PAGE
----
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    United States Attorney's Office
    Central District of California

    Thom Mrozek
    Public Affairs Officer

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    Release No. 08-111

    August 11, 2008


    A Lawndale man pleaded guilty today to federal criminal charges, admitting that he that used inkjet and laser printers to produce at least $2.5 million worth of counterfeit $100 and $20 federal reserve notes, some of which had been circulated across the United States.

    Albert Edward Talton, 45, pleaded guilty today to conspiracy and manufacturing counterfeit notes, two counts that carry a maximum statutory penalty of 25 years in federal prison.

    Talton is among five defendants who were arrested in May following a four-month Secret Service investigation.

    Troy Rustill Stroud, 41, of Playa Vista, an alleged broker of the counterfeit money, pleaded guilty last month to conspiracy and distributing counterfeit notes.

    The other defendants, who are currently scheduled to go to trial on September 9, are:

    David Goldberg, 35, of Sherman Oaks, who allegedly cut the counterfeit bills and glued them together;

    Paul Tracy McCorry, 45, of West Covina, who allegedly acted as a broker of the money and assisted in printing the money, and;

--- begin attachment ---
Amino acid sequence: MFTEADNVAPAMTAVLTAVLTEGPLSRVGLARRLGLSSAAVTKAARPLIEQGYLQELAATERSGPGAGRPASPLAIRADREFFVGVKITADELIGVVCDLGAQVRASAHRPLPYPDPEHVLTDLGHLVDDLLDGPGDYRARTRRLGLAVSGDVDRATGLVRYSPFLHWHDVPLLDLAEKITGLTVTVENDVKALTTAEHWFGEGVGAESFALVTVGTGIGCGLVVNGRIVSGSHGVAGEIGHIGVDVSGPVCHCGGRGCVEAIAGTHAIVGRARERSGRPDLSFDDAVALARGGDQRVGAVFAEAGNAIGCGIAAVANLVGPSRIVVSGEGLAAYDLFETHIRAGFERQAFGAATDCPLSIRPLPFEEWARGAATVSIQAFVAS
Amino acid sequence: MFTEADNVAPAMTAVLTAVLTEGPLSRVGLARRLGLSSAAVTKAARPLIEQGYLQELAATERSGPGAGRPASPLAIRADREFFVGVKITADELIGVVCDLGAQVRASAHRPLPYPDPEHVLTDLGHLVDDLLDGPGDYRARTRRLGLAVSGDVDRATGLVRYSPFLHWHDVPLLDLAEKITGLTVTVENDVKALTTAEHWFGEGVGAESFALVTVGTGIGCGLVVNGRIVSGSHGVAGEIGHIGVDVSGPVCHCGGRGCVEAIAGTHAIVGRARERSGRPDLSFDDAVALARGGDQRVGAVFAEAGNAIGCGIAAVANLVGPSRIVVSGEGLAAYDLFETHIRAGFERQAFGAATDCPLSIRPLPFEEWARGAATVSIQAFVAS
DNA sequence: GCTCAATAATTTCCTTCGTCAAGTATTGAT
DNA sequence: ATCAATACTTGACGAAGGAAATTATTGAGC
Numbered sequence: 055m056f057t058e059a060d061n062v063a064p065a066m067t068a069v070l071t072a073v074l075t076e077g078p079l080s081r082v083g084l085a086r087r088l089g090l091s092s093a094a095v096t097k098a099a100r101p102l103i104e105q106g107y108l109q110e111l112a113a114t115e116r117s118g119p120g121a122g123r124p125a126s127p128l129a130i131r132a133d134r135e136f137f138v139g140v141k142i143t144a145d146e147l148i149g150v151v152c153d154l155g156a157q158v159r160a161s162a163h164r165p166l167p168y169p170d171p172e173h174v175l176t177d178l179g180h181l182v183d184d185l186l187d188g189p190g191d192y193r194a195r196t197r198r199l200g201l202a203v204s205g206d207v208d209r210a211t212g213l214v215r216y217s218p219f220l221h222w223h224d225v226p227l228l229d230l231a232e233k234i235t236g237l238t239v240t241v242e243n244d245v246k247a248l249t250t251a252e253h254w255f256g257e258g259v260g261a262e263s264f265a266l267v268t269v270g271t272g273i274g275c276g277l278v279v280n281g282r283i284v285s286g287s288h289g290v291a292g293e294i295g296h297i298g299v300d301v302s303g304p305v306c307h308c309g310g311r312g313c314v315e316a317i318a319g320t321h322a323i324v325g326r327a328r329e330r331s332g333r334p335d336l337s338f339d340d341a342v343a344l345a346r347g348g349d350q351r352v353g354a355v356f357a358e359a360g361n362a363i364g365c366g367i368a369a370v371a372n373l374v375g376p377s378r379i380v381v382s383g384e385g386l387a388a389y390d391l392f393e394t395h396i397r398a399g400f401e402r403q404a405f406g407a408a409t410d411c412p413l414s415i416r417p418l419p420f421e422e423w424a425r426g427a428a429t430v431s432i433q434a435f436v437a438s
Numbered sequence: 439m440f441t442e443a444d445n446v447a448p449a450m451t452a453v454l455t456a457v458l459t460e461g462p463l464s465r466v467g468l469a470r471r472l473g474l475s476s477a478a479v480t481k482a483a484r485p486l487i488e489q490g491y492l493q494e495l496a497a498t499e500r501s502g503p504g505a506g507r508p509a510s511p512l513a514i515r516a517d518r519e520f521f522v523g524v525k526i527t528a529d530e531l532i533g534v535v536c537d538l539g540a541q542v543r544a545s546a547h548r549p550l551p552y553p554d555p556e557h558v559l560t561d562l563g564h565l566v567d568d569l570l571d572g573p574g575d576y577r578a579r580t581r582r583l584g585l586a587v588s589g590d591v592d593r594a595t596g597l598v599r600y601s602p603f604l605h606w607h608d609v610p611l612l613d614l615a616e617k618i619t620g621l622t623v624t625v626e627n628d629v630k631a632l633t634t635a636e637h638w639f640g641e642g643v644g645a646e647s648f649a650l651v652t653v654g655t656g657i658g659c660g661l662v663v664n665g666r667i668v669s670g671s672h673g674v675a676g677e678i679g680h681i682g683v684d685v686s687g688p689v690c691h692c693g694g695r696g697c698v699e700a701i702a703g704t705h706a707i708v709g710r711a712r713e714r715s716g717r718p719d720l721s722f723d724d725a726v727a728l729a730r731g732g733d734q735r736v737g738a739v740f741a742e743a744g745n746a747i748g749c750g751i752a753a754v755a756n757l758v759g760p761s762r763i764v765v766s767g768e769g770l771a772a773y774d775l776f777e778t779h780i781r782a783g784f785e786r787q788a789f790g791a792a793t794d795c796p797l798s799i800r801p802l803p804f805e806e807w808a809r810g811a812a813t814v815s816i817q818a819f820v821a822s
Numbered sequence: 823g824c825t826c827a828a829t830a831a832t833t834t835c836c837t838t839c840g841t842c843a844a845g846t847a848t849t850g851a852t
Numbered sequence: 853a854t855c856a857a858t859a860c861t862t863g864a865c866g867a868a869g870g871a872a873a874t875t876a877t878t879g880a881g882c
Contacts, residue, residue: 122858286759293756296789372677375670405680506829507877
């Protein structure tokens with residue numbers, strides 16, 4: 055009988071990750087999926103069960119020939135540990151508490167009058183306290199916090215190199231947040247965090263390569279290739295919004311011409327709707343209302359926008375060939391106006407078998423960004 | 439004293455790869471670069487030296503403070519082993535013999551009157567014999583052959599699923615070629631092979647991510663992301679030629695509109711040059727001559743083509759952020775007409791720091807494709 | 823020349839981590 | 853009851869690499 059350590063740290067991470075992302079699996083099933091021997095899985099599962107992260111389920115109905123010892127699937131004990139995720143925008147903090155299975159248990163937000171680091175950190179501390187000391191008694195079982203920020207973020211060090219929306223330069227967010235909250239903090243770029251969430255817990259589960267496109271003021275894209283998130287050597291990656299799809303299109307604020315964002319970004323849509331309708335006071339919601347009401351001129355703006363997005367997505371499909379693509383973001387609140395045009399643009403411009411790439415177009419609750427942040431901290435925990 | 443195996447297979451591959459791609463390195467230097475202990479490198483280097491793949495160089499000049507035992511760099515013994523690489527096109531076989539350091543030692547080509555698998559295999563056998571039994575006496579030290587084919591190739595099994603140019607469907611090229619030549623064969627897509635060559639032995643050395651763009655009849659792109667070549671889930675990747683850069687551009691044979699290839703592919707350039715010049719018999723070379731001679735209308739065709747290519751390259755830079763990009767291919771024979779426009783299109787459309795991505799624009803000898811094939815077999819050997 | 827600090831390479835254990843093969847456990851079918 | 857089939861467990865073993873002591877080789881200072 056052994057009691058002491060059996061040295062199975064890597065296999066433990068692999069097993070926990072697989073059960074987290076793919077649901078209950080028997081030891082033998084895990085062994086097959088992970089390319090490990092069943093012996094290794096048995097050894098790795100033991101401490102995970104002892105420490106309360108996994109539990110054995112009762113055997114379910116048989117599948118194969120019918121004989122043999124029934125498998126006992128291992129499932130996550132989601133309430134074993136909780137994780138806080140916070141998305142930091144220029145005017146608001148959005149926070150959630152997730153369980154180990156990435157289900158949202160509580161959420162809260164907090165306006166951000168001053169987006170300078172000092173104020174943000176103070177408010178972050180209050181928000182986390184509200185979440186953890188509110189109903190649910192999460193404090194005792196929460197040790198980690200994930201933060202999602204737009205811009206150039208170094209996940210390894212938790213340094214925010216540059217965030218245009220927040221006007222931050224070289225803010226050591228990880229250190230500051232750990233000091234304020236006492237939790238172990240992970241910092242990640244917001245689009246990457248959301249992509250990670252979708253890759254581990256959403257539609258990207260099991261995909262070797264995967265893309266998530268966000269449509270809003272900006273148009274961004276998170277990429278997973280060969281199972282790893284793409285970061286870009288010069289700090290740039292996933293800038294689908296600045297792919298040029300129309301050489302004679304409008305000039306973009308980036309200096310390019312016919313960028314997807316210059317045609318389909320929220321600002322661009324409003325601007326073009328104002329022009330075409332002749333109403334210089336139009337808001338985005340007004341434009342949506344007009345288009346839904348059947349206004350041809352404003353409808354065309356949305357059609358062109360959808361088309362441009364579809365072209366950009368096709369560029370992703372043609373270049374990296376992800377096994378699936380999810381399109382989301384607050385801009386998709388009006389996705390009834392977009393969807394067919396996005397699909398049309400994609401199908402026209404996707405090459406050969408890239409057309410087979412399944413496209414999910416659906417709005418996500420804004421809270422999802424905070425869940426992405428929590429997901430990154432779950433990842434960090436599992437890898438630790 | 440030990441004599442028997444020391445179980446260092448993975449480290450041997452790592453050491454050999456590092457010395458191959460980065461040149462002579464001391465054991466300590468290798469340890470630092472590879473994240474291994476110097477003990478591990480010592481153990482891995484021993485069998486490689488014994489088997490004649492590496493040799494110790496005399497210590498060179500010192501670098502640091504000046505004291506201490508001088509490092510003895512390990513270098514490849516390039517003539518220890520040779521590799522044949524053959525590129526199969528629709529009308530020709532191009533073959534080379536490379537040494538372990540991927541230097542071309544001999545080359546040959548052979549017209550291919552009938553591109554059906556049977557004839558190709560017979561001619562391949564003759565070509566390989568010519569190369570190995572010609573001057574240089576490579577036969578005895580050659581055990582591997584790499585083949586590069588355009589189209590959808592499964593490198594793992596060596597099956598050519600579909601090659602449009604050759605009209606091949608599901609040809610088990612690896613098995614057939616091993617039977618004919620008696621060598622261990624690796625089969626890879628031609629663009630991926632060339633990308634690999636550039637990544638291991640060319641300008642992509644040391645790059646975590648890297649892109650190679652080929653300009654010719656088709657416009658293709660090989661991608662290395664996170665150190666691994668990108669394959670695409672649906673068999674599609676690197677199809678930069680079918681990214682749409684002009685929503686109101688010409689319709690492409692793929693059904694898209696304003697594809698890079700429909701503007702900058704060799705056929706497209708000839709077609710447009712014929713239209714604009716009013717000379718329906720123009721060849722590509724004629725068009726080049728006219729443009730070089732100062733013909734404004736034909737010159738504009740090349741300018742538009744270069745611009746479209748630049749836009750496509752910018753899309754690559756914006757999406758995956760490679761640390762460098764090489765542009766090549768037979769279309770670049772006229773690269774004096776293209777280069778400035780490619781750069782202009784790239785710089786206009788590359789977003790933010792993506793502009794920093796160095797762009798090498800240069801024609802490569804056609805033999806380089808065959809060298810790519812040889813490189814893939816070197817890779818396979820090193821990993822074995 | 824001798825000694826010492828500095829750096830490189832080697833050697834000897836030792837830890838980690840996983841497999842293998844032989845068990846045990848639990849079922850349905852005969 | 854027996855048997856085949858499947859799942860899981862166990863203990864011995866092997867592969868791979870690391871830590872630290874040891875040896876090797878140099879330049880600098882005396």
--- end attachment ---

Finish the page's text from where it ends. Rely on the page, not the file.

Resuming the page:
Corey Nero, 38, of Hawthorne, another alleged broker of counterfeit notes.

    The counterfeit notes manufactured by Talton had a remarkable range of distribution. Talton made the notes using inkjet technology and computers, and the Secret Services believes they represent one of the most successfully passed bogus notes made with inkjet technology. According to court documents, these notes have been passed successfully throughout the United States, and approximately $6.8 million of these counterfeit notes have been passed or seized to date.

    When Talton was arrested, authorities discovered a counterfeit currency manufacturing plant, as well as nearly a quarter million dollars in completed counterfeit currency and nearly $825,000 in partially completed counterfeit currency.

    A sixth man charged in the case, Earnest J. Alexander, 40, of Hawthorne, is being sought by authorities.

    An indictment contains allegations that a defendant has committed a crime. Every defendant is presumed innocent unless proven guilty in court.

    Talton is scheduled to be sentenced on October 27 by United States District Judge Percy Anderson. Stroud, who also faces up to 25 years in prison, is scheduled to be sentenced by Judge Anderson on October 27.

    The investigation into the counterfeit currency ring was conducted by the United States Secret Service, the Los Angeles Police Department, the Los Angeles County District Attorney’s Office Bureau of Investigations and the Los Angeles County Sheriff’s Department.

    Release No. 08-111
    Return to the 2008 Press Release Index